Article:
There has been continued debate in Europe over whether to change the patentability of software – or so-called computer-implemented inventions – and to follow the US model of allowing software patents.
The European debate has shown a severe lack of empirical analysis on the possible impact of software patenting that goes beyond interest-driven rhetoric. This book seeks to address this shortcoming by taking a two-fold approach. Firstly, a survey of German software companies provides a representative overview of both general strategies to protect inventions and opinions regarding the future IPR regime in the context of innovation strategies – including the importance and use of Open Source software. Secondly, a series of case studies illustrate the varying impacts that patents and other protection strategies can have in specific contexts.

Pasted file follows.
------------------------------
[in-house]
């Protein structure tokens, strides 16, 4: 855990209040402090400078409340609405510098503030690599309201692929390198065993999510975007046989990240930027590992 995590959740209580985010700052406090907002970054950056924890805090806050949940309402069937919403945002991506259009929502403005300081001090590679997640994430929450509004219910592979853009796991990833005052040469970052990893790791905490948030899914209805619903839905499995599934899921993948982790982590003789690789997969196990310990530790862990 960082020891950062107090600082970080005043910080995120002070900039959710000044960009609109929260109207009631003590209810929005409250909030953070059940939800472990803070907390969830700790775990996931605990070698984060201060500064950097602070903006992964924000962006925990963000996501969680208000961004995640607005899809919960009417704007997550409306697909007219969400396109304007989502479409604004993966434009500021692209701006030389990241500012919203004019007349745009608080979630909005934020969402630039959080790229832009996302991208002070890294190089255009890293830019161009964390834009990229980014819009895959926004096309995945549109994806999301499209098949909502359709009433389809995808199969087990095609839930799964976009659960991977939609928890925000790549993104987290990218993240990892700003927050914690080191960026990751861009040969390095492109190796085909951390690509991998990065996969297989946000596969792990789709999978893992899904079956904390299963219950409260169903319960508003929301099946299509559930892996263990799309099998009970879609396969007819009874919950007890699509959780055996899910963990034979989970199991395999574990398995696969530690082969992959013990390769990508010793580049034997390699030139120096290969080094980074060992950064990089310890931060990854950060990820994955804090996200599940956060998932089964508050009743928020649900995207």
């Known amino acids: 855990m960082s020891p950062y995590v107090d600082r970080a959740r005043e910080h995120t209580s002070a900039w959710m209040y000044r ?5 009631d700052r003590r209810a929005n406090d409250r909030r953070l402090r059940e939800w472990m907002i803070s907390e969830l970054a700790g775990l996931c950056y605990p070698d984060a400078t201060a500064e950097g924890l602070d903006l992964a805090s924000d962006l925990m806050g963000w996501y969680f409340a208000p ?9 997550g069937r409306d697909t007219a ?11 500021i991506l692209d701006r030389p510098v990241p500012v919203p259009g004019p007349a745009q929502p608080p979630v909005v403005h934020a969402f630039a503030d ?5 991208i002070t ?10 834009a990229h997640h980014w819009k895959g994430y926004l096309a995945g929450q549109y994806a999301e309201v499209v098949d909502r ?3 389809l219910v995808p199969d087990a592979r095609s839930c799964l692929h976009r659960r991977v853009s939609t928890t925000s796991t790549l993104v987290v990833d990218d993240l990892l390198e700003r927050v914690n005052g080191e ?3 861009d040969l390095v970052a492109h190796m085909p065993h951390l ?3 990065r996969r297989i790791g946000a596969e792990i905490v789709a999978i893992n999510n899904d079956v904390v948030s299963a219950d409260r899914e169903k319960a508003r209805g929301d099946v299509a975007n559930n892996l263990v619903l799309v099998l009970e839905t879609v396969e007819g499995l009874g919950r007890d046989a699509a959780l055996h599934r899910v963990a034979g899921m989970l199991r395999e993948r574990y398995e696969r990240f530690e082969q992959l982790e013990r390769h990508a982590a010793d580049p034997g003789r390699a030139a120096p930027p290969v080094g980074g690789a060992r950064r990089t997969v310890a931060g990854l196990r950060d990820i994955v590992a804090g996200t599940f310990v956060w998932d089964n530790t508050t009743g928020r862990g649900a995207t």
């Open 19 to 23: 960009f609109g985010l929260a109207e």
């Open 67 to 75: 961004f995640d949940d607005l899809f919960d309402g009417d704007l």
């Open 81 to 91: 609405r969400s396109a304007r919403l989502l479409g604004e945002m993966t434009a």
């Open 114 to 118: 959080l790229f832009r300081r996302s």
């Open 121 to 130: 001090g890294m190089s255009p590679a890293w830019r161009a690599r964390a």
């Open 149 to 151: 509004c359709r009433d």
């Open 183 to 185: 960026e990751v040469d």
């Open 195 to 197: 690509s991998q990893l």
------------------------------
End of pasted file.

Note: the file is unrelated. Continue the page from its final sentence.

This book provides both a theoretical overview of the economic impacts and policy implications of software patents, and an empirical foundation upon which to base a discussion on how to shape the intellectual property regime for software. Thus, this volume will be of interest to industrial economists and students, as well as legal scientists and analysts and students of governance in innovation systems. It will also appeal to all policy stakeholders dealing with IPR issues and/or software developing industries.